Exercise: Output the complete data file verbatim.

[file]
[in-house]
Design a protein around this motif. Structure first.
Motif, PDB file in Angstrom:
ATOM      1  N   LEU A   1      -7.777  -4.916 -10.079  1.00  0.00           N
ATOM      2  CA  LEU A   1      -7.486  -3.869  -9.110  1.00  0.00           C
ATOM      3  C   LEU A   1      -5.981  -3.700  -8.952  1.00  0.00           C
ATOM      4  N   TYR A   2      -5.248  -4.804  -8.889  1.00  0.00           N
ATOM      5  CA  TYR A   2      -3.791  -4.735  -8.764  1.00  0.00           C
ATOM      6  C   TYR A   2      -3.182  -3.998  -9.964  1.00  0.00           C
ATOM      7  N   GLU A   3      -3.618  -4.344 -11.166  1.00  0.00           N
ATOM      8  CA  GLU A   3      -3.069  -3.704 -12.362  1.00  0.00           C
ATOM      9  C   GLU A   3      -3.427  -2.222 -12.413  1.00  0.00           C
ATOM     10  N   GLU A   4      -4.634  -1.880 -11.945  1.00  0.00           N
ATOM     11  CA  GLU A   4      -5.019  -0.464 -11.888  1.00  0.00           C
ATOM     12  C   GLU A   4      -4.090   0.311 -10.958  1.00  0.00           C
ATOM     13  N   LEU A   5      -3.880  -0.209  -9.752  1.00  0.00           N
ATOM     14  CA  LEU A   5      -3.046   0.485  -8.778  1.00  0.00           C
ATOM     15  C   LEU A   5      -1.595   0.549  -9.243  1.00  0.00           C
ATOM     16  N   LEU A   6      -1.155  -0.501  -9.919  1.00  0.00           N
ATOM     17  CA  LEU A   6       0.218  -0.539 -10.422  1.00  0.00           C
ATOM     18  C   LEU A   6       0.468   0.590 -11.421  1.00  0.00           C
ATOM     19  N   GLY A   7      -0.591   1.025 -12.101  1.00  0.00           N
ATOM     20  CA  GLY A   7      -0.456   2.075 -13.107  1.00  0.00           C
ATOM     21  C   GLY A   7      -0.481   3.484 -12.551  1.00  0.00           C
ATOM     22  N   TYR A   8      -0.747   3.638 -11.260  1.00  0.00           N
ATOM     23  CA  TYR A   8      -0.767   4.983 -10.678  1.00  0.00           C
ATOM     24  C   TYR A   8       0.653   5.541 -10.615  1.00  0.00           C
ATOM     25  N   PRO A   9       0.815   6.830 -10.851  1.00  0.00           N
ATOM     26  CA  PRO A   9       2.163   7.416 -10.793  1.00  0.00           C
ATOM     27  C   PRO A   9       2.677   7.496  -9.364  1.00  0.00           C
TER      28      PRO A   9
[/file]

[in-house]
Design a protein around this motif. Structure first.
Motif, PDB file in Angstrom:
ATOM      1  N   LEU A   1      -7.777  -4.916 -10.079  1.00  0.00           N
ATOM      2  CA  LEU A   1      -7.486  -3.869  -9.110  1.00  0.00           C
ATOM      3  C   LEU A   1      -5.981  -3.700  -8.952  1.00  0.00           C
ATOM      4  N   TYR A   2      -5.248  -4.804  -8.889  1.00  0.00           N
ATOM      5  CA  TYR A   2      -3.791  -4.735  -8.764  1.00  0.00           C
ATOM      6  C   TYR A   2      -3.182  -3.998  -9.964  1.00  0.00           C
ATOM      7  N   GLU A   3      -3.618  -4.344 -11.166  1.00  0.00           N
ATOM      8  CA  GLU A   3      -3.069  -3.704 -12.362  1.00  0.00           C
ATOM      9  C   GLU A   3      -3.427  -2.222 -12.413  1.00  0.00           C
ATOM     10  N   GLU A   4      -4.634  -1.880 -11.945  1.00  0.00           N
ATOM     11  CA  GLU A   4      -5.019  -0.464 -11.888  1.00  0.00           C
ATOM     12  C   GLU A   4      -4.090   0.311 -10.958  1.00  0.00           C
ATOM     13  N   LEU A   5      -3.880  -0.209  -9.752  1.00  0.00           N
ATOM     14  CA  LEU A   5      -3.046   0.485  -8.778  1.00  0.00           C
ATOM     15  C   LEU A   5      -1.595   0.549  -9.243  1.00  0.00           C
ATOM     16  N   LEU A   6      -1.155  -0.501  -9.919  1.00  0.00           N
ATOM     17  CA  LEU A   6       0.218  -0.539 -10.422  1.00  0.00           C
ATOM     18  C   LEU A   6       0.468   0.590 -11.421  1.00  0.00           C
ATOM     19  N   GLY A   7      -0.591   1.025 -12.101  1.00  0.00           N
ATOM     20  CA  GLY A   7      -0.456   2.075 -13.107  1.00  0.00           C
ATOM     21  C   GLY A   7      -0.481   3.484 -12.551  1.00  0.00           C
ATOM     22  N   TYR A   8      -0.747   3.638 -11.260  1.00  0.00           N
ATOM     23  CA  TYR A   8      -0.767   4.983 -10.678  1.00  0.00           C
ATOM     24  C   TYR A   8       0.653   5.541 -10.615  1.00  0.00           C
ATOM     25  N   PRO A   9       0.815   6.830 -10.851  1.00  0.00           N
ATOM     26  CA  PRO A   9       2.163   7.416 -10.793  1.00  0.00           C
ATOM     27  C   PRO A   9       2.677   7.496  -9.364  1.00  0.00           C
TER      28      PRO A   9